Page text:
Last fall, I started thinking out the various roles and approaches of social software vendors. I was intrigued by a conversation with with Duncan MacPherson, co-founder and co-CEO of Pareto Systems and Pareto Platform. Pareto’s web-based subscription model has been augmented with a free social networking platform called my8020.com. my8020.com implements social capabilities within the application:
- It allows a user to create networks and invite friends to join them. Membership in a network requires the approval of the network’s creator
- Users can also define themselves as “networks” that others can “join,” hence providing a friending/connecting capability that enables users to endorse each other and make introductions
- It provides users the ability to search for an existing network they are interested in joining
- It provides a private blog (journal)
- It lets users manage RSS feeds
- Users can message one another via the platform
I thought this was an interesting pick-up on bringing social elements into a niche application. Then this past week I spoke with A.G. Lambert, VP of Saba. Saba, with the Human Capital Institute, published just this last week a research report* on opportunities for adoption of corporate social networking. Currently in Beta, SabaSocial brings social features as those listed above into the context of Saba’s talent management system. Historically an eLearning vendor, Saba purchased Centra in 2005 to become one of the leading vendors of talent management solutions. A key aspect of these systems is that they maintain information about individuals’ skills and courses taken while managing the flow of courseware itself. SabaSocial can build on the richness of these profiles as it adds the social element.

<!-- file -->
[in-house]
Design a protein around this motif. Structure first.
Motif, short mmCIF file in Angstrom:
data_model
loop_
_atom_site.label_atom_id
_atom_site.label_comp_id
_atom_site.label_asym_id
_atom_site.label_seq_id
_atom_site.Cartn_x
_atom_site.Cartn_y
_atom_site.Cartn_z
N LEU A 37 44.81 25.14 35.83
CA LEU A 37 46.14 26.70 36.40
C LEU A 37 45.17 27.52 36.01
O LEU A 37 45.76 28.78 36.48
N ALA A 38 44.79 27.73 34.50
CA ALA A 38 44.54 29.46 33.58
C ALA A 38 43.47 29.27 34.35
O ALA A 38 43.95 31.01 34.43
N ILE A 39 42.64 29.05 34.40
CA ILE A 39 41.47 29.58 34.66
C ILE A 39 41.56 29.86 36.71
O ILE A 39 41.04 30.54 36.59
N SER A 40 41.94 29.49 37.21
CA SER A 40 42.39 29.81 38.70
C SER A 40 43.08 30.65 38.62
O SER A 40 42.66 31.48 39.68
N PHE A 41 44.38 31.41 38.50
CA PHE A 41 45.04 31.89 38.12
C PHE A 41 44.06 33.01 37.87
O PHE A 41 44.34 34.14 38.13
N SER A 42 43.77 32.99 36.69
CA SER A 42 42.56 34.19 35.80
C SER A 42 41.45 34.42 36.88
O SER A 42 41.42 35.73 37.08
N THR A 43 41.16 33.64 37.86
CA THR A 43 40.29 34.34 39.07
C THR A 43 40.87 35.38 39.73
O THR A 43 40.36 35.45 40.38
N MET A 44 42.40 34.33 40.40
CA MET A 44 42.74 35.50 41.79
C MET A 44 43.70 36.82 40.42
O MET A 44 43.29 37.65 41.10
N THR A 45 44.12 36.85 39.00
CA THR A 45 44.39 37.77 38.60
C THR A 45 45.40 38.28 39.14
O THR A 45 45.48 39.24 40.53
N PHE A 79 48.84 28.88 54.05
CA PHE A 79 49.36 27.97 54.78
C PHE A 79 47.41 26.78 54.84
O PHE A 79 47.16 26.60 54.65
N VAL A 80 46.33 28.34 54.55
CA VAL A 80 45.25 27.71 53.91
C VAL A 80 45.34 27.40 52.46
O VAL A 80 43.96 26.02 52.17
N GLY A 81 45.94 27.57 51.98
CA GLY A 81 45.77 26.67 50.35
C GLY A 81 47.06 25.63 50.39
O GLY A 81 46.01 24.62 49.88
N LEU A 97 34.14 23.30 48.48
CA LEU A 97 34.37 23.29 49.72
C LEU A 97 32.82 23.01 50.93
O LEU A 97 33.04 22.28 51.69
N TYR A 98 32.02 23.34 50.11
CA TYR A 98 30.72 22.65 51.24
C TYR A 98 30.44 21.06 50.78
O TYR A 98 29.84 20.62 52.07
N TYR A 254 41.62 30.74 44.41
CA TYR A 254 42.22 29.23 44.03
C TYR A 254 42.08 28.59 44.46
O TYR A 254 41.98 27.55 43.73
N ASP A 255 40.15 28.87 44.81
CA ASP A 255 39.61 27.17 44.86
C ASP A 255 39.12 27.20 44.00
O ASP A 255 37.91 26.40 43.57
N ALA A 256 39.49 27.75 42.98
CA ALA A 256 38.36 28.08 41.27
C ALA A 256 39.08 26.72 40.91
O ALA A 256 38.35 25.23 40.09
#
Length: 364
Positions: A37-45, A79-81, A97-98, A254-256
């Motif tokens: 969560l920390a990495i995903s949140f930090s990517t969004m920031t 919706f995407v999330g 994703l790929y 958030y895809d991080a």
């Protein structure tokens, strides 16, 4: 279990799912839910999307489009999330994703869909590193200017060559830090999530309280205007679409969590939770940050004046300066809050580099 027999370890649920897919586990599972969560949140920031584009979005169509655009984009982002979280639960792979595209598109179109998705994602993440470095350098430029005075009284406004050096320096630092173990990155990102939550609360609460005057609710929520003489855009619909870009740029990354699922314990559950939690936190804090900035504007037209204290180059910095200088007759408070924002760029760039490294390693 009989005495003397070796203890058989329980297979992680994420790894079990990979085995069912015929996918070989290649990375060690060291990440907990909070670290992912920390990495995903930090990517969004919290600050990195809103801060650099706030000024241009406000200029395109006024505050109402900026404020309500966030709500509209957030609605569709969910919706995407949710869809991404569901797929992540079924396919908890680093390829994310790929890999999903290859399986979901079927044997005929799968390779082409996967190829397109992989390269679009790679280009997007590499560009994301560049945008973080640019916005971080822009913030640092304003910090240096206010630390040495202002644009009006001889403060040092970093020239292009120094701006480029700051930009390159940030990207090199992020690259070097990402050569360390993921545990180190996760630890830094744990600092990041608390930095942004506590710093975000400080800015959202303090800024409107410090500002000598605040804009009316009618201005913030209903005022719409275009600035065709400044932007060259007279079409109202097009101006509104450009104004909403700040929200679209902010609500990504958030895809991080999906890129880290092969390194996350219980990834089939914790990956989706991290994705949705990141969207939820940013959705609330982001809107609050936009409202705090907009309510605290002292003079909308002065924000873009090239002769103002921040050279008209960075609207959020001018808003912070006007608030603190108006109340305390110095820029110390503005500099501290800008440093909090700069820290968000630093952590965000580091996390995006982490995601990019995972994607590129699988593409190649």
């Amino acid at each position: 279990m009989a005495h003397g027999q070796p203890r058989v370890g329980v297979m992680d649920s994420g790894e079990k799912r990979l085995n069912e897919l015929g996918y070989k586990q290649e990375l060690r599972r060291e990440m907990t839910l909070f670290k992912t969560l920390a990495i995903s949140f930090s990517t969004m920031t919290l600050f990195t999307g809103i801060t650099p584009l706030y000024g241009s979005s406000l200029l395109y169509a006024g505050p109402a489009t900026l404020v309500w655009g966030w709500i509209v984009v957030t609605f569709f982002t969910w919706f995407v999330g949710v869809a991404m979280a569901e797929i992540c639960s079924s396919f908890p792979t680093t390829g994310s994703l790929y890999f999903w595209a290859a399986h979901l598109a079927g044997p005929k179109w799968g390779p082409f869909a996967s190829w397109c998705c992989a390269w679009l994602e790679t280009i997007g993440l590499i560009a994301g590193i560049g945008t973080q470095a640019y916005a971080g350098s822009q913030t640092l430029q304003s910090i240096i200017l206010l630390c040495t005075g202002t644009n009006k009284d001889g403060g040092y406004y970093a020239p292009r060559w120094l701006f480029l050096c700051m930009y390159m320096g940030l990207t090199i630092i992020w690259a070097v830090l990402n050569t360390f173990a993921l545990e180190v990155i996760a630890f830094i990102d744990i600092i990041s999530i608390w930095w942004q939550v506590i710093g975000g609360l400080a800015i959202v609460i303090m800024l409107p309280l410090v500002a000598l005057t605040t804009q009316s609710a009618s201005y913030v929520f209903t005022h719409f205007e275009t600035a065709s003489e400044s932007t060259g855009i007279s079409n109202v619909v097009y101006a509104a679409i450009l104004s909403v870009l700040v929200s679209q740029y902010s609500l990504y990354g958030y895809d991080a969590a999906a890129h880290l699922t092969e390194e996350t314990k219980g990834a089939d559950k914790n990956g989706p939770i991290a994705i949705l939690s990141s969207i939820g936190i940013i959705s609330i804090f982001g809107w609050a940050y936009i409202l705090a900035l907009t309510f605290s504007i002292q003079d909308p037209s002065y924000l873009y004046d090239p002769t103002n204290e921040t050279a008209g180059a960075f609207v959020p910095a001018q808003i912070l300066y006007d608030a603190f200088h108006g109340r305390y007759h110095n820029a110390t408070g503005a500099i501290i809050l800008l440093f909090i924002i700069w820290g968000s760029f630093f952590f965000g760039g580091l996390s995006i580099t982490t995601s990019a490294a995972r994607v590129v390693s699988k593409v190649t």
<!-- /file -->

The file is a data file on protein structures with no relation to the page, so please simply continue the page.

I posted some time ago a taxonomy I borrowed from Tony Byrne, that summarizes the different paths by which technology vendors bring our social sides to life. There are the “pure-play” vendors, Facebook and LinkedIn, that start as standalone social networking sites and are looking to build APIs that corporations can plug into. Next come the social/collaboration vendors (like Jive) that start with the assumption that work is social social networking features and integrate work capabilities (project and task management, groups, discussion forums, and so on) onto their social networking platforms. So this offering of Saba that brings the social element into an enterprise-wide application looks like another signal that there may come a time when the lack of social networking in an application may present the barrier to entry of a product into the market.
It is interesting to see how these two vendors approach the social network integration. It’s not just in the selection of specific social tools to bring to their customers, it’s also in the understanding that networks are how works get done in successful businesses. As MacPherson said when I spoke with him, the social networking mindset embodied in my8020.com is “not to connect with the masses, but to manage my core relationships and make it possible for them to generate business for each other.” In the case of Saba, the social element adds richness to employee profiles and makes critical expertise searches more effective.
“Work is conversation” is a tenet I adopted over fifteen years ago in Digital management workshops based on the work of Werner Erhardt (see interview excerpted from Industry Week of June 1987). Nothing happens outside of speaking and listening. So the advent of social networking — conversational capability — into all the tools we have makes perfect sense. Work happens when ideas are being connected, relationships are being developed, learning and innovation occur, and the right people are found at the right time in the right context.